Home       About us   Issues     Search     Submission Subscribe   Contact    Login 
Conservation and Society
An interdisciplinary journal exploring linkages between society, environment and development
Conservation and Society
Users Online: 1556 Home Print this page Email this page Small font sizeDefault font sizeIncrease font size

ARTICLE
Year : 2013  |  Volume : 11  |  Issue : 2  |  Page : 144-158

The New State of Nature: Rising Sea-levels, Climate Justice, and Community-based Adaptation in Papua New Guinea (2003-2011)


Department of Anthropology, University of Minnesota, Minneapolis, MN, USA

Correspondence Address:
David Lipset
Department of Anthropology, University of Minnesota, Minneapolis, MN
USA
Login to access the Email id

Source of Support: None, Conflict of Interest: None


DOI: 10.4103/0972-4923.115726

Rights and Permissions

If a legal 'vacuum' exists at the international level, and no domestic or national remedy can be found, and (non-government organisations) NGOs have not taken up their cause, then where may climate vulnerable people look to find adaptation strategies and remedies for the equity and justice issues contained within them? With the goal of investigating one kind of answer to this question, this case study examines local-level discourse about the prospect of internal resettlement in Papua New Guinea, where slow-onset, coastal erosion has been going on since 2003. Among the several points illustrated, an institutional absence is revealed-the postcolonial state. In response to its ineffective initiative, villagers express ambivalences about, and attachments to, place, as well as fears about resettlement. They have also begun to devise and debate community-based adaptations. The latter offer a temporary solution and an illusion of local agency, but no justice.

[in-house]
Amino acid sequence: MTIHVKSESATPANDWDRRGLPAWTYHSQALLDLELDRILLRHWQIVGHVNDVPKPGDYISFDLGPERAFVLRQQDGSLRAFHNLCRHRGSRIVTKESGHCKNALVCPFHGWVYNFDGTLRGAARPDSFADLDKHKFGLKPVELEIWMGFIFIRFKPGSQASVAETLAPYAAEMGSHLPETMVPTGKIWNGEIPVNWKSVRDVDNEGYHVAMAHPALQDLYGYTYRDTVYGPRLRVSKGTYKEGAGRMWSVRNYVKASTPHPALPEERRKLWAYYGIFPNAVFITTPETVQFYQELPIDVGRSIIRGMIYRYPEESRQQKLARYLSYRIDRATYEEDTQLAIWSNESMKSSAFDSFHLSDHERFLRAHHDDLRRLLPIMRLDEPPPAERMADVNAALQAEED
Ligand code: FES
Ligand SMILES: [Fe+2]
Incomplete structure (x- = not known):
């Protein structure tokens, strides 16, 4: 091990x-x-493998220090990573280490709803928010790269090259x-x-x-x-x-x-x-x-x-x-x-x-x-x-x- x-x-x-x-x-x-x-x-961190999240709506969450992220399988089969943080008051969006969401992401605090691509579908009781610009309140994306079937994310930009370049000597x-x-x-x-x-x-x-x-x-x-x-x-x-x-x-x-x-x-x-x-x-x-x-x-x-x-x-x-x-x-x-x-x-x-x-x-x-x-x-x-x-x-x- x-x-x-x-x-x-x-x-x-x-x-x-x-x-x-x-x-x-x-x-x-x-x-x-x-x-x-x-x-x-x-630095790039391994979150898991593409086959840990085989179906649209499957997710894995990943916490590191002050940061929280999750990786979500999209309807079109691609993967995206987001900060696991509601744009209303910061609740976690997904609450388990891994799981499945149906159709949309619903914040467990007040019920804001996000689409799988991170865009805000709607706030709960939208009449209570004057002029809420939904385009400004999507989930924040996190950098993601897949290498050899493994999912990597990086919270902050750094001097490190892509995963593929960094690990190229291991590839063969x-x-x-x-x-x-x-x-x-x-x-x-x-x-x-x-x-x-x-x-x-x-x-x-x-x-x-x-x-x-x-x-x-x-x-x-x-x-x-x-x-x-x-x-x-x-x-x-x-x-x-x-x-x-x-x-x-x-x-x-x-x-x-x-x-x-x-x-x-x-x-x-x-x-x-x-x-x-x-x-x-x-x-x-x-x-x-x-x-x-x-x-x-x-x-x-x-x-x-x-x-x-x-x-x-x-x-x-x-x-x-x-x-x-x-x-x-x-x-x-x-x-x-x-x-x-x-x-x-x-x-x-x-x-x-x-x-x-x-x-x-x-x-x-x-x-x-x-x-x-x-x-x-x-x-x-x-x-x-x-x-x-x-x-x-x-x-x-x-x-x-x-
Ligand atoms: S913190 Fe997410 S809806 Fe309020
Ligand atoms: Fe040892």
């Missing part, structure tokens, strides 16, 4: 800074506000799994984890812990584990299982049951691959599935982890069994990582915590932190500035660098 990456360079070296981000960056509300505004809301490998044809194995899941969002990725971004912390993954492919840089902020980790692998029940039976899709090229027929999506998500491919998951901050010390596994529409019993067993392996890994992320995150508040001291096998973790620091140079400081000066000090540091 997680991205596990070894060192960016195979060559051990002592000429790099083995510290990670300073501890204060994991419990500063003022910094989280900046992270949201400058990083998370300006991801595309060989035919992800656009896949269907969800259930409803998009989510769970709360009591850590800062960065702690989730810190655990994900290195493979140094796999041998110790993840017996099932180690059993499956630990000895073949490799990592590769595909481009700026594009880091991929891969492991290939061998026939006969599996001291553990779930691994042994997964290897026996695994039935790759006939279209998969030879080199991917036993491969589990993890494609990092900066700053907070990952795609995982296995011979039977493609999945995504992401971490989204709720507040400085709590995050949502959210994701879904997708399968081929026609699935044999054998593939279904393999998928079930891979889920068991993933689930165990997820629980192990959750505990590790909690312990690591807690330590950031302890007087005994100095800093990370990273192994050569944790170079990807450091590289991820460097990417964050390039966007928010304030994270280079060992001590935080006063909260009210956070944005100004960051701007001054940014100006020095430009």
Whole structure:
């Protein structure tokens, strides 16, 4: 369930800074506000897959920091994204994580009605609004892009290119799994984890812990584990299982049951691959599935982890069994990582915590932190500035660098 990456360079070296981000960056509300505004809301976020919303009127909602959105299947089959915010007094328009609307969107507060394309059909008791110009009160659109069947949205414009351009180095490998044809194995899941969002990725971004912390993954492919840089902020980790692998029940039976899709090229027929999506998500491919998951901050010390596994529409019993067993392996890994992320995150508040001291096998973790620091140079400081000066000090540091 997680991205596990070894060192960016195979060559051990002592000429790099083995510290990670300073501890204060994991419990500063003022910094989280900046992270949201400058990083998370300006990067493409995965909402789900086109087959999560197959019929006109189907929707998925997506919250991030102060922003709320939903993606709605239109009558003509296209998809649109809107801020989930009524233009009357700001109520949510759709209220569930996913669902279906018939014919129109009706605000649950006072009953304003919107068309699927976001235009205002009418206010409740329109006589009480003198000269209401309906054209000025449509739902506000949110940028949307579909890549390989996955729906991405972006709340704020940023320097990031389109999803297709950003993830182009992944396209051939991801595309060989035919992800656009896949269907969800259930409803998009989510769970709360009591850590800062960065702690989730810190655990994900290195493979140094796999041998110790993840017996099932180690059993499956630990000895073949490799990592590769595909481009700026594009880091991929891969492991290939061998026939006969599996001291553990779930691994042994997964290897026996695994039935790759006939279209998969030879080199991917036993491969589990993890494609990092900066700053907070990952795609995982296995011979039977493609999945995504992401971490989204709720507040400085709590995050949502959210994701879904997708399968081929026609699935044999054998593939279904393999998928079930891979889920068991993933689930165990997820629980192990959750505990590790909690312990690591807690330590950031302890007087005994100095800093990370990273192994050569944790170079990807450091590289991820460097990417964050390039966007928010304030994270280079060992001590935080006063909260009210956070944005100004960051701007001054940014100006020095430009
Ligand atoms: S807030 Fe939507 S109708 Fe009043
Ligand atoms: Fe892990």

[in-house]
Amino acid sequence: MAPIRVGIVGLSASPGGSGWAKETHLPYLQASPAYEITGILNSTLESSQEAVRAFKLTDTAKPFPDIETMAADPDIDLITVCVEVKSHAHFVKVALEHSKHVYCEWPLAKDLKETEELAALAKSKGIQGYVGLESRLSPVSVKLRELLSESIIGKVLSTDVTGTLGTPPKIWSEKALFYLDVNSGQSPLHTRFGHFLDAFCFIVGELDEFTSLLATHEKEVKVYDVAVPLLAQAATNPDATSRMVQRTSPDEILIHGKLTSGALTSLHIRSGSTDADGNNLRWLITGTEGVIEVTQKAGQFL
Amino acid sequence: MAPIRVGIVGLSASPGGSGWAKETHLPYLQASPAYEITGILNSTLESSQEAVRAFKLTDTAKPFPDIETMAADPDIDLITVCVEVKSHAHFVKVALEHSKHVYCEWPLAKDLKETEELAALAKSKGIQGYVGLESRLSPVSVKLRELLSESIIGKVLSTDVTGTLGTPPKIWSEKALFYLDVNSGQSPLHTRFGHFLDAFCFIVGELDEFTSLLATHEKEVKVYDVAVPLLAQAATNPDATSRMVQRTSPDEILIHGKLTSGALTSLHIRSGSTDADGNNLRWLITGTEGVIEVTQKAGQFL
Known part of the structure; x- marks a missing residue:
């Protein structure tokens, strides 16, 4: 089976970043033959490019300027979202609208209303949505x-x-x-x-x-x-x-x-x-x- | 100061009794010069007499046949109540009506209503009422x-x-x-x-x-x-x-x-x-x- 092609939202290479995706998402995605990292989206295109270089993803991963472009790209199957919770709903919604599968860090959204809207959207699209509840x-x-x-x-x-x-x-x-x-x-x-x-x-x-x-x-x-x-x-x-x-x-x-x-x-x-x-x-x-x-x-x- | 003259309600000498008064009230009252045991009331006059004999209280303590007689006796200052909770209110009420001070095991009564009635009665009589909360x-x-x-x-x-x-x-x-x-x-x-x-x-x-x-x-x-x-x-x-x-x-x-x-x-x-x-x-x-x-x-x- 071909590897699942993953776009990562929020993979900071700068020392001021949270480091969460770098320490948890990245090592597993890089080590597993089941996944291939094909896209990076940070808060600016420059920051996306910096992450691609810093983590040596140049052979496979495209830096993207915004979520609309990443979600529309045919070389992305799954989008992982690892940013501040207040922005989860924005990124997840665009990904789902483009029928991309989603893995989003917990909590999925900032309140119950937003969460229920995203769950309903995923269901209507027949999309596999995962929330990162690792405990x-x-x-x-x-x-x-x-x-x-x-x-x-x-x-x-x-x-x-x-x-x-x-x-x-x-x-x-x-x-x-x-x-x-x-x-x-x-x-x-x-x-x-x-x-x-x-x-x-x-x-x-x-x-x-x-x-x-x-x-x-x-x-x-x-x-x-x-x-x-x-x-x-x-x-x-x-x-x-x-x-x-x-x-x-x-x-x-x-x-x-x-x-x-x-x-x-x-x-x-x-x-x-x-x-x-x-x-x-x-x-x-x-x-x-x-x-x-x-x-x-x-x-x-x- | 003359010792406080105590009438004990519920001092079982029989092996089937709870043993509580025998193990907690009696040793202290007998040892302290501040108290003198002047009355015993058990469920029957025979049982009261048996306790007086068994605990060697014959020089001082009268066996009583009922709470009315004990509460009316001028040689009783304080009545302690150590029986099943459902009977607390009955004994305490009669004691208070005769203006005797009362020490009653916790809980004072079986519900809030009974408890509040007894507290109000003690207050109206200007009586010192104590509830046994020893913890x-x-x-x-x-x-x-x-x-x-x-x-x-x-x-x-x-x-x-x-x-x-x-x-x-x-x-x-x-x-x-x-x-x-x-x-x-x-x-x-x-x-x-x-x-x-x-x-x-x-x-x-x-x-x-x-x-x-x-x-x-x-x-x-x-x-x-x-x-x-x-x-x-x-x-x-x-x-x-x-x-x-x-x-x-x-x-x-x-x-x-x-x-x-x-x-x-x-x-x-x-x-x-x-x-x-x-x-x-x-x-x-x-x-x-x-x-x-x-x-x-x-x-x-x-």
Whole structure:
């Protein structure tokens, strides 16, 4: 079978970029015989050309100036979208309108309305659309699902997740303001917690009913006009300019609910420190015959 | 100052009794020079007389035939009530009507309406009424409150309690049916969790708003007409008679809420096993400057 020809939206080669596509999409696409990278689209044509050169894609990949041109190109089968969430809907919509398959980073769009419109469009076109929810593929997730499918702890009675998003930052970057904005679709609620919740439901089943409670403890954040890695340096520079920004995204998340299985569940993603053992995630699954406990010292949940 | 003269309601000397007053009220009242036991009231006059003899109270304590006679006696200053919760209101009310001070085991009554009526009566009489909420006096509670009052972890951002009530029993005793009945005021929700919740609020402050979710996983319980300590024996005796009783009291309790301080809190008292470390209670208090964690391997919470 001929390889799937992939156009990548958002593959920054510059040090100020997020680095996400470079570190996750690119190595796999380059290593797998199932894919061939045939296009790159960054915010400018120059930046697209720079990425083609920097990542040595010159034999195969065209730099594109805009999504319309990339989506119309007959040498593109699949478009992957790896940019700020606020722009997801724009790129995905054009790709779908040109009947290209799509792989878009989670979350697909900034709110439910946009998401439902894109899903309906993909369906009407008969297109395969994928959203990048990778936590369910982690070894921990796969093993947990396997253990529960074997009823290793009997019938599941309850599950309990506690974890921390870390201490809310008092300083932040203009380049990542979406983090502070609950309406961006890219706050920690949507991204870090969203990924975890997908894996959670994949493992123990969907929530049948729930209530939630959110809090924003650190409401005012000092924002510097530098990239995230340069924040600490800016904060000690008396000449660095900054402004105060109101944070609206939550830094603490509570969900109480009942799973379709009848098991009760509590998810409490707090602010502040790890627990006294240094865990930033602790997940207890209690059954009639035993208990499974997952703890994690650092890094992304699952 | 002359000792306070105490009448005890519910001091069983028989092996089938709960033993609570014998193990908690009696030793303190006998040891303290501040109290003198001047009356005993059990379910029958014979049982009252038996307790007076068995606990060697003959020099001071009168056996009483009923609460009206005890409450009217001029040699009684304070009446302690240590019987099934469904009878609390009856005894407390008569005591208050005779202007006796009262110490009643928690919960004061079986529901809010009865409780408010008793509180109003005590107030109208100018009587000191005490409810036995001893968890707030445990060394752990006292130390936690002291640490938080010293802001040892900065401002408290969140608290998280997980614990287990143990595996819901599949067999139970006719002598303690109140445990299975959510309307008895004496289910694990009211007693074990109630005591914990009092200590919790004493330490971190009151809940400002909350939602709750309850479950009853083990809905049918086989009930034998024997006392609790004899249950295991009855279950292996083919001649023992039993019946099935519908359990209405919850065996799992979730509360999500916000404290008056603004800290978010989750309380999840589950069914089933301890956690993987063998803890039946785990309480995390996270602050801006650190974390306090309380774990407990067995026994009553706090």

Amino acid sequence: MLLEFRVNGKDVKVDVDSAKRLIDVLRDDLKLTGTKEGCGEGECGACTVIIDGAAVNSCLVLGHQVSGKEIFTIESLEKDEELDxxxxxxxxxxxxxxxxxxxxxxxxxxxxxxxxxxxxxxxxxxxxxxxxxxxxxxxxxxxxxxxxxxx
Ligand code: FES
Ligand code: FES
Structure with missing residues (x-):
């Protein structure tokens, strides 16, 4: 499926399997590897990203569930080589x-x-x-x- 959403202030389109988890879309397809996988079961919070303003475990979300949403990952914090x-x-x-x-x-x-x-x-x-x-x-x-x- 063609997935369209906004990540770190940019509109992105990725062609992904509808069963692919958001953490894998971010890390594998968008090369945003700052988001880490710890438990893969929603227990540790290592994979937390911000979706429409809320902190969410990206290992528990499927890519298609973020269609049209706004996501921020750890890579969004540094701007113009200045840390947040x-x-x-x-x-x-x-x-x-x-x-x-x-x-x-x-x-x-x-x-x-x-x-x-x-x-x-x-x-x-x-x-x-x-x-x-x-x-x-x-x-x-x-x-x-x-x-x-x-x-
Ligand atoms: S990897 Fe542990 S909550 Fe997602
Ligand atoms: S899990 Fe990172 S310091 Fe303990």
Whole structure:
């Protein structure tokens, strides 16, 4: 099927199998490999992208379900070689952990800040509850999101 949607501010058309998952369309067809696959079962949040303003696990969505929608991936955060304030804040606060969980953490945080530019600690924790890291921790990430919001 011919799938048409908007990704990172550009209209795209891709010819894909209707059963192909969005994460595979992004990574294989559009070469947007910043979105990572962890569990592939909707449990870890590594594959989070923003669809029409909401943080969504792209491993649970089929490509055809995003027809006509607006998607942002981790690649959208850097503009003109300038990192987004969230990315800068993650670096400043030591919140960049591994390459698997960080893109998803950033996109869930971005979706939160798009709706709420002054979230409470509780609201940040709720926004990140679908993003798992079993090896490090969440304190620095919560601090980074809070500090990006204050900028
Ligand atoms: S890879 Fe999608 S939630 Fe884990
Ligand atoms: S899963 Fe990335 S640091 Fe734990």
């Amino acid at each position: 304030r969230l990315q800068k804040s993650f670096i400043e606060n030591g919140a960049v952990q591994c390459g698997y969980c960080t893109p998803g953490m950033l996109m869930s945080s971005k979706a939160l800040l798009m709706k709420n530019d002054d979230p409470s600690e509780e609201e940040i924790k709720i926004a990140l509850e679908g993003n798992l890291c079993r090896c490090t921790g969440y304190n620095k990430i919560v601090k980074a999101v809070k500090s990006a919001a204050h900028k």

[FULL TEXT] [PDF]*
Print this article     Email this article
 Next article
 Previous article
 Table of Contents

 Similar in PUBMED
   Search Pubmed for
   Search in Google Scholar for
 Related articles
 Citation Manager
 Access Statistics
 Reader Comments
 Email Alert *
 Add to My List *
 * Requires registration (Free)
 

 Article Access Statistics
    Viewed5629    
    Printed91    
    Emailed2    
    PDF Downloaded854    
    Comments [Add]    

Recommend this journal